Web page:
Resolved,  That we believe it to the duty of every loyal man, in this day of great national calamities, to unhesitatingly and without faltering, attach himself to that party whose principles through long decades have but added to the intelligence, wealth and greatness of the Nation.

Resolved,  That these principles we find embodied in the cardinal principles of the Democratic party, therefore we pledge ourselves to labor for the advancement of these principles by seeking once again to place our bleeding and distractde [sic] country beneath the guidance of Democratic statesman, which hope can not be realized except it be through the ballot box.

Resolved,  That in Montgomery M. Cothren, the Democratic nominee for Chief Justice of the Supreme court, we find a man of rare combinations. Preeminently qualifying him for that position, and we pledge ourselves to spare no effort that shall tend to secure his election to that high position.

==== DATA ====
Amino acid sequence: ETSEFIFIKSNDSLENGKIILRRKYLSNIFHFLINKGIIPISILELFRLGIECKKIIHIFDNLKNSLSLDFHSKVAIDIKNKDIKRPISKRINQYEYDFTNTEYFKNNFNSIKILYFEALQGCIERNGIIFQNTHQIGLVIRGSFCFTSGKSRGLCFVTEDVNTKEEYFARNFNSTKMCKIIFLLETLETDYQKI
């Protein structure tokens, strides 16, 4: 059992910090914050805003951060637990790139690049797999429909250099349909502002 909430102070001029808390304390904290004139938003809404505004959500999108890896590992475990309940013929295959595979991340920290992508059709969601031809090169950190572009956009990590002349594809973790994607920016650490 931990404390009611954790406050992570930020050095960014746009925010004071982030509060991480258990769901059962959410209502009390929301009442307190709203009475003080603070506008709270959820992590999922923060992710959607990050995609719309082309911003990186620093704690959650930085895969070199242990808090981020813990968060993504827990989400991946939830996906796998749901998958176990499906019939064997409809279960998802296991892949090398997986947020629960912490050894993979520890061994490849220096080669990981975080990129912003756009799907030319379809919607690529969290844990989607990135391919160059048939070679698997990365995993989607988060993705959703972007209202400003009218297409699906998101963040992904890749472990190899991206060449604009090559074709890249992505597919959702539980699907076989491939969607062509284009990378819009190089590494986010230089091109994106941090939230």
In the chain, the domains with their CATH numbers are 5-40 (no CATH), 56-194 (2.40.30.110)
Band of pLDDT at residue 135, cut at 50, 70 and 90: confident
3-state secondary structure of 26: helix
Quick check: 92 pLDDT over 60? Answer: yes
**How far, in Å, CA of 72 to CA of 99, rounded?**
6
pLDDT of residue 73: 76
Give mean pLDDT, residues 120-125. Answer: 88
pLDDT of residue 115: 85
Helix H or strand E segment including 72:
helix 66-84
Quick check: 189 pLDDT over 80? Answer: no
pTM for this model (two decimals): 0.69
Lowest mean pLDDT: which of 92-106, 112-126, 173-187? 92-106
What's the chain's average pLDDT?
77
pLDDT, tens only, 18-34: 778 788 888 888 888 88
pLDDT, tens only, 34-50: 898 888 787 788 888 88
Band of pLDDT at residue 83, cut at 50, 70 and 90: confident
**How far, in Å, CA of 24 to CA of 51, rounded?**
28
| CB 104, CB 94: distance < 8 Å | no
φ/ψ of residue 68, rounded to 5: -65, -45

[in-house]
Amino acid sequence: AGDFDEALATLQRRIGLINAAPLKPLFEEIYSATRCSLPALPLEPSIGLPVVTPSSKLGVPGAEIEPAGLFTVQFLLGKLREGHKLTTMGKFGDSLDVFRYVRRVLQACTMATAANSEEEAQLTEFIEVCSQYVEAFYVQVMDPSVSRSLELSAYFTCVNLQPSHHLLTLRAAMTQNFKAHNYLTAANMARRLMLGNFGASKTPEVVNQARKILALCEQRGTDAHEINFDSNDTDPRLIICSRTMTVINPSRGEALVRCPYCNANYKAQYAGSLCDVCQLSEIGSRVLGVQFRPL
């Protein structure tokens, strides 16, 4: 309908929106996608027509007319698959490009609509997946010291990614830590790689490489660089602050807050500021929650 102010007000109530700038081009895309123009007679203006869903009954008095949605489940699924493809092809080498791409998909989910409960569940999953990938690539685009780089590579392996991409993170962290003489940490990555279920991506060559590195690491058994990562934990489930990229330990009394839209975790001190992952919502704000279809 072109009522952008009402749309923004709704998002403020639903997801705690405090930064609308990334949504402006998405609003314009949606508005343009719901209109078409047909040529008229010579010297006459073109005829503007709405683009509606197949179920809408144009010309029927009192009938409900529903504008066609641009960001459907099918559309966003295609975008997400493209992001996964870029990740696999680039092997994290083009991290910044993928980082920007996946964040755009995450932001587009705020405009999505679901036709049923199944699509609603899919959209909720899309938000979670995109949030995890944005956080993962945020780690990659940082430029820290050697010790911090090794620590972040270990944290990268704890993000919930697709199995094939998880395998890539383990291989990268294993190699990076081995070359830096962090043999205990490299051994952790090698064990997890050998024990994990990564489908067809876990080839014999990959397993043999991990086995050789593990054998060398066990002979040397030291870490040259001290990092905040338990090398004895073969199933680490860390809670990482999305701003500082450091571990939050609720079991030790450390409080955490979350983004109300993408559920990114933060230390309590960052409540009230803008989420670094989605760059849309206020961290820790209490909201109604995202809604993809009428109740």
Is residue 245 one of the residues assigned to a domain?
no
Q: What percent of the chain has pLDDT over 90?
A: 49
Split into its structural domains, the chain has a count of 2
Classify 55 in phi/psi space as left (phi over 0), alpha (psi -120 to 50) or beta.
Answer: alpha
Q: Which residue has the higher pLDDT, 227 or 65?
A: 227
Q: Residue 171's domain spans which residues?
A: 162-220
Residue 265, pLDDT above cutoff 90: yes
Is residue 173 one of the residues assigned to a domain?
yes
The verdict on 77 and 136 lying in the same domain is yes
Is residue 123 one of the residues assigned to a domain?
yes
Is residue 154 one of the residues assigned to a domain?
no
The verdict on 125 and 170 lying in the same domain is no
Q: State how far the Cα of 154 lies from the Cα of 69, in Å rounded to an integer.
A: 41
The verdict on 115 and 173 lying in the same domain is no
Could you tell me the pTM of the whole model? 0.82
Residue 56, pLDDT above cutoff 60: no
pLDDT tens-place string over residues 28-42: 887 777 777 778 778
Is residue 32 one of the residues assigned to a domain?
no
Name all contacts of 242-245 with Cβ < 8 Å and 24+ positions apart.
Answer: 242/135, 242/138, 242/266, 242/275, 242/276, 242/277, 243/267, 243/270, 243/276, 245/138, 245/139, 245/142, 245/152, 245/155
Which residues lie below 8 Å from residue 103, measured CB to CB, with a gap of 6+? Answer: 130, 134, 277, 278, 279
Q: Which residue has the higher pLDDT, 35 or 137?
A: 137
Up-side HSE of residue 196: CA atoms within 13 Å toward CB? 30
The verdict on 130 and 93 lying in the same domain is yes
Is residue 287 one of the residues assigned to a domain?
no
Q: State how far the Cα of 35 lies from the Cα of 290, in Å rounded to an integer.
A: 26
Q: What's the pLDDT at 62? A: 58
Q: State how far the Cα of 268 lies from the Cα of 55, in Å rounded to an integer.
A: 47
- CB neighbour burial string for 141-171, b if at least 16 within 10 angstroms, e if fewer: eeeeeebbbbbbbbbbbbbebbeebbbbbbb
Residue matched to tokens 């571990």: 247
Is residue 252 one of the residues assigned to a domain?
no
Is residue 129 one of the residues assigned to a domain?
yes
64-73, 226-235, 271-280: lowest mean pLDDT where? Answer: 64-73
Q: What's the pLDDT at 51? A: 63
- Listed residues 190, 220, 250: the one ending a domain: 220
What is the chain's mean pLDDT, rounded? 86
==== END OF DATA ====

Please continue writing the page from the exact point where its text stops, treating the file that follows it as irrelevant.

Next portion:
Resolved,  That we pledge our undivided support to the Administration in all endeavors to restore the country to its original standing, upon the basis of the “Union as it was” under “the Constitution as it is,” and that when that is accomplished, we believe this war ought decease.

Resolved,  That the maintainance [sic] inviolate of the rights of the States, and especially the right of each State to order and control its own domestic institutions.  According to its own judgment ex[___]ely, is essential to that ballance [sic] of power on which the perfection and indurance [?] of our political fabric depends.